Minimal basic human needs are universally known to be food, clothing, and shelter. How should those with prosperity address the issue of homelessness and the reality that many of our fellow humans lack these essentials?
This question will be explored at California State University, Northridge’s second annual Maurice Amado Foundation Lecture in Jewish Ethics on Tuesday, Feb. 10. The lecture will take place at 7:30 p.m. at Valley Beth Shalom located at 15739 Ventura Blvd. in Encino.
“The purpose of the Amado lecture is to help people think about issues that affect their daily lives using the resources of Jewish ethics,” said Jennifer Thompson, CSUN’s Maurice Amado Assistant Professor of Applied Jewish Ethics and Civic Engagement.
Leah Kalmanson, assistant professor of philosophy and religion at Drake University, will discuss the unique perspective of one of the 20th-century’s most influential philosophers, Emmanuel Levinas. His commentary on homelessness derives from and challenges Jewish perspectives on charitable giving.
“Sometimes his ideas can sound far removed from daily life and it’s particularly important to me always to find ways to make his philosophy relevant to everyday situations,” said Kalmanson. “I hope people will enjoy discussing those teachings that sound very familiar and commonsensical, as well as those teachings in the Jewish tradition that are less familiar and that might challenge our expectations.”
Kalmanson received her doctorate in philosophy from the University of Hawaii at Mānoa in 2010. Her work has appeared in academic journals of philosophy and Jewish studies, and she has co-edited three books on religious thought. Her current research focuses on connections between postcolonial theory and comparative philosophy.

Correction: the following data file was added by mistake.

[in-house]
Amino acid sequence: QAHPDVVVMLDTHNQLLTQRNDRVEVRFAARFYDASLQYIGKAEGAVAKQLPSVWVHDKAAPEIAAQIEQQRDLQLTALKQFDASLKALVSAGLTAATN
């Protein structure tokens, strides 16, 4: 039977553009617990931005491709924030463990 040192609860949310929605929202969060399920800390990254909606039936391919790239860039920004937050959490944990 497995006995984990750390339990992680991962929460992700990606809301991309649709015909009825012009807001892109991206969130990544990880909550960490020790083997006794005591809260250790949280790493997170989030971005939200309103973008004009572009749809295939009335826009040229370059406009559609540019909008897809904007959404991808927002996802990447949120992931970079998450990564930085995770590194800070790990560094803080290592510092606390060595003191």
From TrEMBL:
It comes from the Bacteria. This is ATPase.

The Amado lectures are part of the mission of CSUN’s Jewish Studies Interdisciplinary Program endowed professorship which was created with the understanding that whoever holds the position would teach and engage in scholarship drawn from the heritage of Sephardic, Ashkenazic and other Jewish traditions. The lectures “extend the work that I do in Jewish ethics by bringing other experts in as well,” said Thompson.
CSUN offers both a major and minor in Jewish studies. The program explores the rich heritage of the Jewish people. Using the methodology of different academic disciplines, it examines the experiences of Jews in the many lands in which they have lived over the past 4,000 years, as well as contemporary Jewish life in Israel, Europe, Asia and the Americas.
The lecture is free and open to the public, but seating is limited. For more information or to RSVP call (818) 677-4724 or email firstname.lastname@example.org.